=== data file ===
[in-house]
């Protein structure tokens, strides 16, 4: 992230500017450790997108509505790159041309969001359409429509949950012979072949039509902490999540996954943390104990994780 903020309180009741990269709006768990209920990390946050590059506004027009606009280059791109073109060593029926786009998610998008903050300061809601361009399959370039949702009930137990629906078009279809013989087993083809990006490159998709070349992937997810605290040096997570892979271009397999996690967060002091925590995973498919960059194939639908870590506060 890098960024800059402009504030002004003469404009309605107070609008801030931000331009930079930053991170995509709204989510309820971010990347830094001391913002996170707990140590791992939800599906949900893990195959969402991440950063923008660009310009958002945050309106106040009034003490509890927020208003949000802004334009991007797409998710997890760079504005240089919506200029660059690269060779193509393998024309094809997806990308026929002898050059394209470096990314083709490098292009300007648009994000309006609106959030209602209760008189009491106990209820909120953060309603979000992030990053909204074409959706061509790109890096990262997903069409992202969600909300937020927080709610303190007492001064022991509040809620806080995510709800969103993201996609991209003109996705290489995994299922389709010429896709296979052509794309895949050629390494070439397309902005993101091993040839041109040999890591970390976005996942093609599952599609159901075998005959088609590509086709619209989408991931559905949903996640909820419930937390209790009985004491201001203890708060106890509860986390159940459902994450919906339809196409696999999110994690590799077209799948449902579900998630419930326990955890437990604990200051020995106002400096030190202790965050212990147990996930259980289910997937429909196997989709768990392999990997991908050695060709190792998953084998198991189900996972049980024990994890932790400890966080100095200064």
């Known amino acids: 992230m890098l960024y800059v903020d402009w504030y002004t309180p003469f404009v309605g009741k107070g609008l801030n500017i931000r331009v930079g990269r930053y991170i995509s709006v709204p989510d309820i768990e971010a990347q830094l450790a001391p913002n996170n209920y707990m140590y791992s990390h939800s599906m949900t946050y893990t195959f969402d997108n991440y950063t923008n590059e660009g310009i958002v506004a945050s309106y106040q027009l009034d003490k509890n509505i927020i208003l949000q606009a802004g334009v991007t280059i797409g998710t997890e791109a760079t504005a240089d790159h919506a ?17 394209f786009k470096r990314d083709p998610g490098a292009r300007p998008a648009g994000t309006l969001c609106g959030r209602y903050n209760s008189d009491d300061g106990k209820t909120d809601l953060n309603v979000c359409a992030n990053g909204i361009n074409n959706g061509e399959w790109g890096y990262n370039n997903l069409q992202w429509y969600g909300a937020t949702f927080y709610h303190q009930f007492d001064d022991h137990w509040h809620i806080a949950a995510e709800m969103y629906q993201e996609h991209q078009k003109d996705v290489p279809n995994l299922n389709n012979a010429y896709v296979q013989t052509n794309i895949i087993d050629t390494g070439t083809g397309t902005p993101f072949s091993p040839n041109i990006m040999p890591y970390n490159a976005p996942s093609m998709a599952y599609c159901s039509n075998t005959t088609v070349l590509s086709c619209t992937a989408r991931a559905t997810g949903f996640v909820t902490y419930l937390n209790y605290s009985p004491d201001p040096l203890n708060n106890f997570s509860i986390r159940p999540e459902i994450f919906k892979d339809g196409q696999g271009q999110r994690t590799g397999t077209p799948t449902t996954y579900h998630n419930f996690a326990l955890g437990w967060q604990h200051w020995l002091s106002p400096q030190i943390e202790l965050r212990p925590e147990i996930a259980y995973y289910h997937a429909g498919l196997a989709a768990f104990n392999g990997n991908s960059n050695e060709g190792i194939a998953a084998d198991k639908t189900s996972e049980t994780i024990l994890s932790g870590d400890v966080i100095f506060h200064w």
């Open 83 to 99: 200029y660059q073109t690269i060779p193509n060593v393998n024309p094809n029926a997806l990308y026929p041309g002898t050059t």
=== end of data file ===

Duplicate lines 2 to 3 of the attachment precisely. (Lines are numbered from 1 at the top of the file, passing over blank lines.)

């Protein structure tokens, strides 16, 4: 992230500017450790997108509505790159041309969001359409429509949950012979072949039509902490999540996954943390104990994780 903020309180009741990269709006768990209920990390946050590059506004027009606009280059791109073109060593029926786009998610998008903050300061809601361009399959370039949702009930137990629906078009279809013989087993083809990006490159998709070349992937997810605290040096997570892979271009397999996690967060002091925590995973498919960059194939639908870590506060 890098960024800059402009504030002004003469404009309605107070609008801030931000331009930079930053991170995509709204989510309820971010990347830094001391913002996170707990140590791992939800599906949900893990195959969402991440950063923008660009310009958002945050309106106040009034003490509890927020208003949000802004334009991007797409998710997890760079504005240089919506200029660059690269060779193509393998024309094809997806990308026929002898050059394209470096990314083709490098292009300007648009994000309006609106959030209602209760008189009491106990209820909120953060309603979000992030990053909204074409959706061509790109890096990262997903069409992202969600909300937020927080709610303190007492001064022991509040809620806080995510709800969103993201996609991209003109996705290489995994299922389709010429896709296979052509794309895949050629390494070439397309902005993101091993040839041109040999890591970390976005996942093609599952599609159901075998005959088609590509086709619209989408991931559905949903996640909820419930937390209790009985004491201001203890708060106890509860986390159940459902994450919906339809196409696999999110994690590799077209799948449902579900998630419930326990955890437990604990200051020995106002400096030190202790965050212990147990996930259980289910997937429909196997989709768990392999990997991908050695060709190792998953084998198991189900996972049980024990994890932790400890966080100095200064």
């Known amino acids: 992230m890098l960024y800059v903020d402009w504030y002004t309180p003469f404009v309605g009741k107070g609008l801030n500017i931000r331009v930079g990269r930053y991170i995509s709006v709204p989510d309820i768990e971010a990347q830094l450790a001391p913002n996170n209920y707990m140590y791992s990390h939800s599906m949900t946050y893990t195959f969402d997108n991440y950063t923008n590059e660009g310009i958002v506004a945050s309106y106040q027009l009034d003490k509890n509505i927020i208003l949000q606009a802004g334009v991007t280059i797409g998710t997890e791109a760079t504005a240089d790159h919506a ?17 394209f786009k470096r990314d083709p998610g490098a292009r300007p998008a648009g994000t309006l969001c609106g959030r209602y903050n209760s008189d009491d300061g106990k209820t909120d809601l953060n309603v979000c359409a992030n990053g909204i361009n074409n959706g061509e399959w790109g890096y990262n370039n997903l069409q992202w429509y969600g909300a937020t949702f927080y709610h303190q009930f007492d001064d022991h137990w509040h809620i806080a949950a995510e709800m969103y629906q993201e996609h991209q078009k003109d996705v290489p279809n995994l299922n389709n012979a010429y896709v296979q013989t052509n794309i895949i087993d050629t390494g070439t083809g397309t902005p993101f072949s091993p040839n041109i990006m040999p890591y970390n490159a976005p996942s093609m998709a599952y599609c159901s039509n075998t005959t088609v070349l590509s086709c619209t992937a989408r991931a559905t997810g949903f996640v909820t902490y419930l937390n209790y605290s009985p004491d201001p040096l203890n708060n106890f997570s509860i986390r159940p999540e459902i994450f919906k892979d339809g196409q696999g271009q999110r994690t590799g397999t077209p799948t449902t996954y579900h998630n419930f996690a326990l955890g437990w967060q604990h200051w020995l002091s106002p400096q030190i943390e202790l965050r212990p925590e147990i996930a259980y995973y289910h997937a429909g498919l196997a989709a768990f104990n392999g990997n991908s960059n050695e060709g190792i194939a998953a084998d198991k639908t189900s996972e049980t994780i024990l994890s932790g870590d400890v966080i100095f506060h200064w």